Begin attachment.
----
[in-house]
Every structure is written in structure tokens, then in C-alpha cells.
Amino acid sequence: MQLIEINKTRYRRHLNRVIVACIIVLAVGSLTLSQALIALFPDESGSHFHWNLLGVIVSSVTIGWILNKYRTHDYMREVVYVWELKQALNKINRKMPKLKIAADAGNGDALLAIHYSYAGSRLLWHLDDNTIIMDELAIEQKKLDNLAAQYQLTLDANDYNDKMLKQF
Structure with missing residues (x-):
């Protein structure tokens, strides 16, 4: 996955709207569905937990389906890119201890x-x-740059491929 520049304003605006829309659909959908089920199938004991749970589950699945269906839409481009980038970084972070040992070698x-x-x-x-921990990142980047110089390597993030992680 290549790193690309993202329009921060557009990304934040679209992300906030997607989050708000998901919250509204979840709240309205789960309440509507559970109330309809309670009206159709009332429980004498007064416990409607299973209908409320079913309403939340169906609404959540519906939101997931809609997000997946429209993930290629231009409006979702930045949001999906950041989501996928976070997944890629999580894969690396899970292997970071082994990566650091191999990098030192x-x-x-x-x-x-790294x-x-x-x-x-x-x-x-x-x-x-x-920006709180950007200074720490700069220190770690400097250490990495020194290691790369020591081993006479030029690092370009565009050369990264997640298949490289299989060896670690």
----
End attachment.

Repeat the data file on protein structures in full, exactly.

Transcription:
[in-house]
Every structure is written in structure tokens, then in C-alpha cells.
Amino acid sequence: MQLIEINKTRYRRHLNRVIVACIIVLAVGSLTLSQALIALFPDESGSHFHWNLLGVIVSSVTIGWILNKYRTHDYMREVVYVWELKQALNKINRKMPKLKIAADAGNGDALLAIHYSYAGSRLLWHLDDNTIIMDELAIEQKKLDNLAAQYQLTLDANDYNDKMLKQF
Structure with missing residues (x-):
């Protein structure tokens, strides 16, 4: 996955709207569905937990389906890119201890x-x-740059491929 520049304003605006829309659909959908089920199938004991749970589950699945269906839409481009980038970084972070040992070698x-x-x-x-921990990142980047110089390597993030992680 290549790193690309993202329009921060557009990304934040679209992300906030997607989050708000998901919250509204979840709240309205789960309440509507559970109330309809309670009206159709009332429980004498007064416990409607299973209908409320079913309403939340169906609404959540519906939101997931809609997000997946429209993930290629231009409006979702930045949001999906950041989501996928976070997944890629999580894969690396899970292997970071082994990566650091191999990098030192x-x-x-x-x-x-790294x-x-x-x-x-x-x-x-x-x-x-x-920006709180950007200074720490700069220190770690400097250490990495020194290691790369020591081993006479030029690092370009565009050369990264997640298949490289299989060896670690």